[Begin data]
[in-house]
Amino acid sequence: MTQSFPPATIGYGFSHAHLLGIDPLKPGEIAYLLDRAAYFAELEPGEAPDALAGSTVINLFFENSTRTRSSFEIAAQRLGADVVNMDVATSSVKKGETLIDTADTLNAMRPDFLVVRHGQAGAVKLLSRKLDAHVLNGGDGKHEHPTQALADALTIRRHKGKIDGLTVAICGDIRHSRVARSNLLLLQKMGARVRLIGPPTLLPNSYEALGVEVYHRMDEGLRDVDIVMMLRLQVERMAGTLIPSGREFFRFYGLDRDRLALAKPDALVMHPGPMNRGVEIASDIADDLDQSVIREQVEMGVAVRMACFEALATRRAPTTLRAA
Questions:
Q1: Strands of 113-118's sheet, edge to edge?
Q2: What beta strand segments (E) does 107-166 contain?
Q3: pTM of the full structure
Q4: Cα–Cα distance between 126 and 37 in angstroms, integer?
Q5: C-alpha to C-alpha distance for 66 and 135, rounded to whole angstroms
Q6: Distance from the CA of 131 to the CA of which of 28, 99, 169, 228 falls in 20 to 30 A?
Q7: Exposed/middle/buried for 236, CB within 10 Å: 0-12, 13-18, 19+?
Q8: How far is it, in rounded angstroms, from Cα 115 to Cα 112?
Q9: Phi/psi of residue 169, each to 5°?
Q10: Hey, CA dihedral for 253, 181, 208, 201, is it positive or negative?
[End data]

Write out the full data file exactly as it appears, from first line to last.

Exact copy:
[in-house]
Amino acid sequence: MTQSFPPATIGYGFSHAHLLGIDPLKPGEIAYLLDRAAYFAELEPGEAPDALAGSTVINLFFENSTRTRSSFEIAAQRLGADVVNMDVATSSVKKGETLIDTADTLNAMRPDFLVVRHGQAGAVKLLSRKLDAHVLNGGDGKHEHPTQALADALTIRRHKGKIDGLTVAICGDIRHSRVARSNLLLLQKMGARVRLIGPPTLLPNSYEALGVEVYHRMDEGLRDVDIVMMLRLQVERMAGTLIPSGREFFRFYGLDRDRLALAKPDALVMHPGPMNRGVEIASDIADDLDQSVIREQVEMGVAVRMACFEALATRRAPTTLRAA
Questions:
Q1: Strands of 113-118's sheet, edge to edge?
Q2: What beta strand segments (E) does 107-166 contain?
Q3: pTM of the full structure
Q4: Cα–Cα distance between 126 and 37 in angstroms, integer?
Q5: C-alpha to C-alpha distance for 66 and 135, rounded to whole angstroms
Q6: Distance from the CA of 131 to the CA of which of 28, 99, 169, 228 falls in 20 to 30 A?
Q7: Exposed/middle/buried for 236, CB within 10 Å: 0-12, 13-18, 19+?
Q8: How far is it, in rounded angstroms, from Cα 115 to Cα 112?
Q9: Phi/psi of residue 169, each to 5°?
Q10: Hey, CA dihedral for 253, 181, 208, 201, is it positive or negative?